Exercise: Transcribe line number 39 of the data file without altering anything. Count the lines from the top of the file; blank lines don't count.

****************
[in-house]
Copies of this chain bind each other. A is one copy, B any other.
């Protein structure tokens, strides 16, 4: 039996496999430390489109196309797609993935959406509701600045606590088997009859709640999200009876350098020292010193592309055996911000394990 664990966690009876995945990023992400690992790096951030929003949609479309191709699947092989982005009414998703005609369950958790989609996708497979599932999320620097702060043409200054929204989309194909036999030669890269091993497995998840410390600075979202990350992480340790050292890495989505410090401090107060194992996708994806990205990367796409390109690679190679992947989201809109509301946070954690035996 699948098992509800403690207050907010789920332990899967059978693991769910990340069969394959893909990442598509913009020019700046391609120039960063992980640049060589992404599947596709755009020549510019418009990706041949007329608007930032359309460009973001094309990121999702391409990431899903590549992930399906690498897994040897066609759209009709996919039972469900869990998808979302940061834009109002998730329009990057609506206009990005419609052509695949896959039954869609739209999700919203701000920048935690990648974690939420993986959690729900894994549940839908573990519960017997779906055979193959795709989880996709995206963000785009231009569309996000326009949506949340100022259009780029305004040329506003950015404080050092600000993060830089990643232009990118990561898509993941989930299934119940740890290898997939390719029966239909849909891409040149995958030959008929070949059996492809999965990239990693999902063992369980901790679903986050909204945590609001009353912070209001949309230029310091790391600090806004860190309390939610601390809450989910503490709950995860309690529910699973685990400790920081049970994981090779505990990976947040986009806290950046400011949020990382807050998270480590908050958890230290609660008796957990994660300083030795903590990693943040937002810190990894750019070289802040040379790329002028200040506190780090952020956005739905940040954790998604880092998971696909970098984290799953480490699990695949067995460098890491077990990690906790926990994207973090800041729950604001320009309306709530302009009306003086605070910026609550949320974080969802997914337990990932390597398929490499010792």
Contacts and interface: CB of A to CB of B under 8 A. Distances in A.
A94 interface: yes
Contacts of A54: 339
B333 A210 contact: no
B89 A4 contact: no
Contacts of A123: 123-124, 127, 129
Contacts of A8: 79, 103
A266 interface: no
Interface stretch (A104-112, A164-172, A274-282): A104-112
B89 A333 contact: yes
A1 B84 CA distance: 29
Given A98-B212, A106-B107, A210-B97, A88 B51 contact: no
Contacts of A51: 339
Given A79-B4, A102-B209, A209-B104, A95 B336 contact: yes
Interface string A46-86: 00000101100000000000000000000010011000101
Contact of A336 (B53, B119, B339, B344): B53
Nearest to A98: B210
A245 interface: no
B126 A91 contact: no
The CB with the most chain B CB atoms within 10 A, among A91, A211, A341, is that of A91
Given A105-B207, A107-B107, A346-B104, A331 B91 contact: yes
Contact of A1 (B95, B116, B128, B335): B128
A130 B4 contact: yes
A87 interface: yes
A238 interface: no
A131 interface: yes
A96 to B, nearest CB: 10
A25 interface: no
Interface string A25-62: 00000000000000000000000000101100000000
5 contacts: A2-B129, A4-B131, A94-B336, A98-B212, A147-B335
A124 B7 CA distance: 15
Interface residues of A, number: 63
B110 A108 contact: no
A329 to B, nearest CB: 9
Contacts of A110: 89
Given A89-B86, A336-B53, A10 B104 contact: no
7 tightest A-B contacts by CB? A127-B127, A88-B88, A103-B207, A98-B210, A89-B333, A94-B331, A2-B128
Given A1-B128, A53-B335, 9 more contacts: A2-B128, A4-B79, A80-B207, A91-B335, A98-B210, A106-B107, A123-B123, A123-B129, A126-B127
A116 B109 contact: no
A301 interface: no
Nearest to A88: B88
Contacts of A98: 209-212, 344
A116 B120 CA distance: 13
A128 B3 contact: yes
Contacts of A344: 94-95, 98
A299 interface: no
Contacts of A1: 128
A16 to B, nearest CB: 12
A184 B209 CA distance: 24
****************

Given A89-B86, A336-B53, A10 B104 contact: no